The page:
A newspaper that reports on your town, your world
By Michelle Holmes Editor February 24, 2012 9:00PM
- ‘Haiti doesn’t need a hand out, it needs a hand up’
- This is one assignment that will stick with them
- Following the trail of help to Haiti
- ‘It’s a work of mercy to bury the dead’
- Suburban teen on mission to become a doctor
- In Haiti, it’s one miserable place after another
- He’s filling essential needs, one cargo container at a time
- Look hard enough, and you’ll find signs of hope
- ‘Here for the long haul’
- Haiti: Pockets of people fighting for a better world
- Already alone, earthquake brought Haitian man friendship
- ‘Sharing people’s misery and sorrow makes them stronger’
- Local ties in Haiti remain strong
- A window to unimaginable woe, hope
Updated: March 27, 2012 8:15AM
We’re glad you’re here. Know it or not, you have a special role in 21st century America: a reader of a local newspaper that connects to a broader world.
That’s an amazing thing for all of us.
Together, as journalists and as readers in a shared partnership, we have an incredible chance to bring light to local issues that matter deeply — and to realize how many of our neighbors are reaching out beyond borders.
Over the past several days, the SouthtownStar has brought you the stories of Frankfort businessman John Shattuck — responsible for shipping more than 16 million in aid to a ravaged Haiti. And how people like Sue and Ken Gross, of Orland Park; or Calei Clark, of Lockport; and Elizabeth Wisnasky, of Tinley Park, have made a difference there.
This paper has told you of the work that’s being done with their donations and work.
At the same time, columnist Phil Kadner brought you analysis of the stranglehold state Democrats have over the Southland and reporter Steve Metsch reported on police in Bridgeview allegedly letting a Chicago woman get a break by not charging her with drunken driving after a crash — even though they believed she had a blood-alcohol content more than three times the legal limit. Recently, reporter Casey Toner exposed questionable payroll checks written in Matteson School District 159, and he has chronicled the loose spending habits of officials in Country Club Hills.
As the editor of this paper, I have read these stories with great pride.
This kind of depth and range in a local newspaper is rare, and it’s powerful.
I didn’t know how rare, perhaps, until I left the SouthtownStar in August for a fellowship at Stanford University to explore the future of news with two dozen journalists from around the world.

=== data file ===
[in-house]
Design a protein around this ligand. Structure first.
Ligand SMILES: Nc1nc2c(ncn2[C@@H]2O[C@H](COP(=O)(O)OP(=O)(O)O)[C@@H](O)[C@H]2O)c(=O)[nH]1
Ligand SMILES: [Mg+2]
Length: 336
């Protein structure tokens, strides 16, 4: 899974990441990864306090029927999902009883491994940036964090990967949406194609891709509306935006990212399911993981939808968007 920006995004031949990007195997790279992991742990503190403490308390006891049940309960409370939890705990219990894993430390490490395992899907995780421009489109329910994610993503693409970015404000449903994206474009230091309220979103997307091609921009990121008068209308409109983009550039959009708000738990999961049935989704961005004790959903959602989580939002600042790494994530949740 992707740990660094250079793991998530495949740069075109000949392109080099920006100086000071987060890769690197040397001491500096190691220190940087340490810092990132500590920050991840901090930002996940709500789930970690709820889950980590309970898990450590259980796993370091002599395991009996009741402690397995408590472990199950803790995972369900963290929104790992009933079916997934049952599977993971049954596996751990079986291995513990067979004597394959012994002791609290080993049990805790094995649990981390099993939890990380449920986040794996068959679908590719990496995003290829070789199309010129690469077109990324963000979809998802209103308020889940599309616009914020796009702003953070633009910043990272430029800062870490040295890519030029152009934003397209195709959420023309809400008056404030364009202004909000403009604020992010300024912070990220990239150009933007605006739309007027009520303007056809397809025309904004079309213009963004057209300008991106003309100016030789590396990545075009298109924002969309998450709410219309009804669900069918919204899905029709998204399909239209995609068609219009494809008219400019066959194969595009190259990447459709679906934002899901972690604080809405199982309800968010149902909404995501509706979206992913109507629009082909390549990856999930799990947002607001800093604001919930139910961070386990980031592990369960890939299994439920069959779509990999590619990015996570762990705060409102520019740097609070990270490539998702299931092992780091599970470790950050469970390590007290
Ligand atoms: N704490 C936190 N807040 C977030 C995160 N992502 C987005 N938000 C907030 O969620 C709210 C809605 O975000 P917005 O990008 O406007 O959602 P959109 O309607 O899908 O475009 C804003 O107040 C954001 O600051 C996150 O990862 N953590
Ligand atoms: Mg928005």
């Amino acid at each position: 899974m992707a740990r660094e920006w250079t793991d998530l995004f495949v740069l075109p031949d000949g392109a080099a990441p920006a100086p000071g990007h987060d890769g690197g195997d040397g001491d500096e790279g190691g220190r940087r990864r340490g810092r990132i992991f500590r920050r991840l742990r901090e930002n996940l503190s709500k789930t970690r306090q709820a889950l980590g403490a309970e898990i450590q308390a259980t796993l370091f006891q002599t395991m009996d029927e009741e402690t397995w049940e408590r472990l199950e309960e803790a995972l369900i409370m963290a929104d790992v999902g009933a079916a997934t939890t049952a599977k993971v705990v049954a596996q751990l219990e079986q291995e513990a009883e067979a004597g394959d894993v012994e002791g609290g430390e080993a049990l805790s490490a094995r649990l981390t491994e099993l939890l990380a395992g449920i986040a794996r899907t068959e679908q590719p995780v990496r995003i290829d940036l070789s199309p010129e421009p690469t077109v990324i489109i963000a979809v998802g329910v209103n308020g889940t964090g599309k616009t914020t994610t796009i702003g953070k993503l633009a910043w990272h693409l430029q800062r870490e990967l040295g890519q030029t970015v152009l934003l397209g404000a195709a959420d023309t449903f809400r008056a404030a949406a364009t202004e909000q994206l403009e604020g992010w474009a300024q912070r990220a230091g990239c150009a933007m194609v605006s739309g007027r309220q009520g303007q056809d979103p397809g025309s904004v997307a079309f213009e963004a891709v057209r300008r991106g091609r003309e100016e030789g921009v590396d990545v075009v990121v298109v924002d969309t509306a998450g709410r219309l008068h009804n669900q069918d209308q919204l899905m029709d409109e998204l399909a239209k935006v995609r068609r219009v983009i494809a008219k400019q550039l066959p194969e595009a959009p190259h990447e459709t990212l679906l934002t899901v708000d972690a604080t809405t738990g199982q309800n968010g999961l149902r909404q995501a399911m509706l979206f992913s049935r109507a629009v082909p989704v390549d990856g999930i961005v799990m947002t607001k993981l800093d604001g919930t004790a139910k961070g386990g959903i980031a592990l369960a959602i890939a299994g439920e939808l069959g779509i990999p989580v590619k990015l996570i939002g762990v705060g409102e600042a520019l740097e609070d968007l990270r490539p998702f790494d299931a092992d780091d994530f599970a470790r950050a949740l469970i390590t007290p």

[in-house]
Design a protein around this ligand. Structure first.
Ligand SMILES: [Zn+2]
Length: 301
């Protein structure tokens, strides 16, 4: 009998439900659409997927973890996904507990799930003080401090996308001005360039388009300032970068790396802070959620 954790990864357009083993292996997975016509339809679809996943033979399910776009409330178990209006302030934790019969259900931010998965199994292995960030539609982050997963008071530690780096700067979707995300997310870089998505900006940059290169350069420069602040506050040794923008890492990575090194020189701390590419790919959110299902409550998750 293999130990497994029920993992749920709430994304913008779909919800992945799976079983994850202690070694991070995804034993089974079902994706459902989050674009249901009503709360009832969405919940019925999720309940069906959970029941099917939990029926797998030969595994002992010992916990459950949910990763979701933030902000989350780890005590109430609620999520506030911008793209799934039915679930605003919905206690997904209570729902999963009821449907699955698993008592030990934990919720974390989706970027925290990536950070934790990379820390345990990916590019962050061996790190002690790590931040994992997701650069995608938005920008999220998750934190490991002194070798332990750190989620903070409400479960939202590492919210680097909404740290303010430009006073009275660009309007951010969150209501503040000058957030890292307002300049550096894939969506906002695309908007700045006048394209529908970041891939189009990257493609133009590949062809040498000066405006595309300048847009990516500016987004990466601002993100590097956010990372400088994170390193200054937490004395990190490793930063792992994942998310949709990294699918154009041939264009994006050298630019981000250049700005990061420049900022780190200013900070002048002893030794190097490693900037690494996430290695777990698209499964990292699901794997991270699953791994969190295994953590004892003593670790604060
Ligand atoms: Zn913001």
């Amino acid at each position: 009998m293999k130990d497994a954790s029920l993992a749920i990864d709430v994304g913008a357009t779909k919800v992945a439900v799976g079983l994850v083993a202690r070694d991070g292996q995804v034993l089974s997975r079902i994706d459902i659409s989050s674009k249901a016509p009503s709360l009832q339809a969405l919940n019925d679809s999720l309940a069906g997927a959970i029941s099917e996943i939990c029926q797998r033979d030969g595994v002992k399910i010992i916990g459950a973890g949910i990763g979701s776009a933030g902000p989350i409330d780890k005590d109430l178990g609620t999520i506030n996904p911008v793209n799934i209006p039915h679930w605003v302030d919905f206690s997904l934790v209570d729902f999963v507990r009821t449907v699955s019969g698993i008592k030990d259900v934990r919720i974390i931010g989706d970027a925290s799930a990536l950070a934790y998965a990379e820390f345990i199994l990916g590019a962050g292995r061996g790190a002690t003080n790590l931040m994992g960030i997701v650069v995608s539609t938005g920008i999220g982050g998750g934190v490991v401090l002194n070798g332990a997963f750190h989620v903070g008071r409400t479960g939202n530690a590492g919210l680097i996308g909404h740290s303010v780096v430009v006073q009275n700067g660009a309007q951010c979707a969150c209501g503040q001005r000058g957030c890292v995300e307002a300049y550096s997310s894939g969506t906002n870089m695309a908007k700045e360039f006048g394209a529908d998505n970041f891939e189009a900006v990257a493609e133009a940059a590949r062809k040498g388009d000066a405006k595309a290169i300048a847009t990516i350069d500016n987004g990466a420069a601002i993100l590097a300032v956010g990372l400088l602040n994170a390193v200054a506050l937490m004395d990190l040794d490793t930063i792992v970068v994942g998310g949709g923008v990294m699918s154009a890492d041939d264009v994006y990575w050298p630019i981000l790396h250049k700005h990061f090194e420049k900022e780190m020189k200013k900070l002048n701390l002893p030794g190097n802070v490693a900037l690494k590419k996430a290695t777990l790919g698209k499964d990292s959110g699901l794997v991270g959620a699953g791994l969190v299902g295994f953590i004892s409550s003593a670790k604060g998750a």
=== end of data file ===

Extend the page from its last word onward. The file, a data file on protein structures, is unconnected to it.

That’s a full-time endeavor — so I haven’t been involved in making this Haiti coverage happen. I’m a reader now, just like you.
Here at Stanford, I’ve had several people express surprise that a “local newspaper” tells these kinds of stories. I’ve learned that for many, local newspapers signal low-quality newspapers.
But more than ever, I disagree — and get to prove them wrong.
The work done by Donna Vickroy and Matt Marton — along with the work done every day to cover the Southland — is important, and it matters. I am proud to get to read it. I hope you are too.
Because this kind of journalism — journalism that takes its role as a watchdog, town crier and partner in local life seriously and with great honor — has a proud past and an exciting future.
More and more, that future will be one in which we ask to work directly with you. The era of digital journalism means we get ever-expanding opportunities to communicate and share ideas.
But we’re still here in paper, too, and value the chance to show up at your kitchen table or library. We still like to take your calls and talk face to face.
Mostly though, today, I want to say thank you for supporting the work of your SouthtownStar. It’s important we not just write to you, though. We want to hear from you about the stories that matter in the Southland.
Please, call acting editor Joe Biesk at (708) 633-6706 or email him at email@example.com with your ideas. Find us on Facebook. Share our stories.
And keep reading with me.